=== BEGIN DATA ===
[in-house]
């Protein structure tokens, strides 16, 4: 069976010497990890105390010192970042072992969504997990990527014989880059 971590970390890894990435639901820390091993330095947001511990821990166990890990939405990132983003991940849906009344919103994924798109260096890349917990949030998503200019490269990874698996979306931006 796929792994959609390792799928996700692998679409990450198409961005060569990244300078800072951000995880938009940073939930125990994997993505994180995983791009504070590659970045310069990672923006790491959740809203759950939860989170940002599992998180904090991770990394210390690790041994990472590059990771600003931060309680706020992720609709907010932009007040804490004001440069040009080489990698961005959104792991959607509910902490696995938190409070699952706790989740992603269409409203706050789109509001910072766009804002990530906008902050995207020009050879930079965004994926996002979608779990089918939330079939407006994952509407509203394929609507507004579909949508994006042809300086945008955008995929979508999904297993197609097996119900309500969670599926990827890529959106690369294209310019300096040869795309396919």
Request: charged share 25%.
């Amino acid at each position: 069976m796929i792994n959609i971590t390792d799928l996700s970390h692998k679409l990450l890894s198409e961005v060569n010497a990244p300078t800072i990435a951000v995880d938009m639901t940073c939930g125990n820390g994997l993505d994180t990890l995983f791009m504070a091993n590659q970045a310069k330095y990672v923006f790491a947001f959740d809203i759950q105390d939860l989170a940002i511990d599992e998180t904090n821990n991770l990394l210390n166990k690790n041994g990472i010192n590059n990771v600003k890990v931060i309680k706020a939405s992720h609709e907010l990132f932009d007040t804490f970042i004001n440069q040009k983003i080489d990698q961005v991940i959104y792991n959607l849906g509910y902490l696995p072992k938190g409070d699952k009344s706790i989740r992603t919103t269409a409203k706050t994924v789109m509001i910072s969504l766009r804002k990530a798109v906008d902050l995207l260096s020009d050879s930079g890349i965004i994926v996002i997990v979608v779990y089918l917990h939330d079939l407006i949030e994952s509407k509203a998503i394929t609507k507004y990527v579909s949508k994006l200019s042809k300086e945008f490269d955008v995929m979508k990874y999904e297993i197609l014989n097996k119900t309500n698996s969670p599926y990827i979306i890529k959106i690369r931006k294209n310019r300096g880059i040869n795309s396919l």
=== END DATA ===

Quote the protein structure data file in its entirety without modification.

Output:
[in-house]
């Protein structure tokens, strides 16, 4: 069976010497990890105390010192970042072992969504997990990527014989880059 971590970390890894990435639901820390091993330095947001511990821990166990890990939405990132983003991940849906009344919103994924798109260096890349917990949030998503200019490269990874698996979306931006 796929792994959609390792799928996700692998679409990450198409961005060569990244300078800072951000995880938009940073939930125990994997993505994180995983791009504070590659970045310069990672923006790491959740809203759950939860989170940002599992998180904090991770990394210390690790041994990472590059990771600003931060309680706020992720609709907010932009007040804490004001440069040009080489990698961005959104792991959607509910902490696995938190409070699952706790989740992603269409409203706050789109509001910072766009804002990530906008902050995207020009050879930079965004994926996002979608779990089918939330079939407006994952509407509203394929609507507004579909949508994006042809300086945008955008995929979508999904297993197609097996119900309500969670599926990827890529959106690369294209310019300096040869795309396919």
Request: charged share 25%.
């Amino acid at each position: 069976m796929i792994n959609i971590t390792d799928l996700s970390h692998k679409l990450l890894s198409e961005v060569n010497a990244p300078t800072i990435a951000v995880d938009m639901t940073c939930g125990n820390g994997l993505d994180t990890l995983f791009m504070a091993n590659q970045a310069k330095y990672v923006f790491a947001f959740d809203i759950q105390d939860l989170a940002i511990d599992e998180t904090n821990n991770l990394l210390n166990k690790n041994g990472i010192n590059n990771v600003k890990v931060i309680k706020a939405s992720h609709e907010l990132f932009d007040t804490f970042i004001n440069q040009k983003i080489d990698q961005v991940i959104y792991n959607l849906g509910y902490l696995p072992k938190g409070d699952k009344s706790i989740r992603t919103t269409a409203k706050t994924v789109m509001i910072s969504l766009r804002k990530a798109v906008d902050l995207l260096s020009d050879s930079g890349i965004i994926v996002i997990v979608v779990y089918l917990h939330d079939l407006i949030e994952s509407k509203a998503i394929t609507k507004y990527v579909s949508k994006l200019s042809k300086e945008f490269d955008v995929m979508k990874y999904e297993i197609l014989n097996k119900t309500n698996s969670p599926y990827i979306i890529k959106i690369r931006k294209n310019r300096g880059i040869n795309s396919l």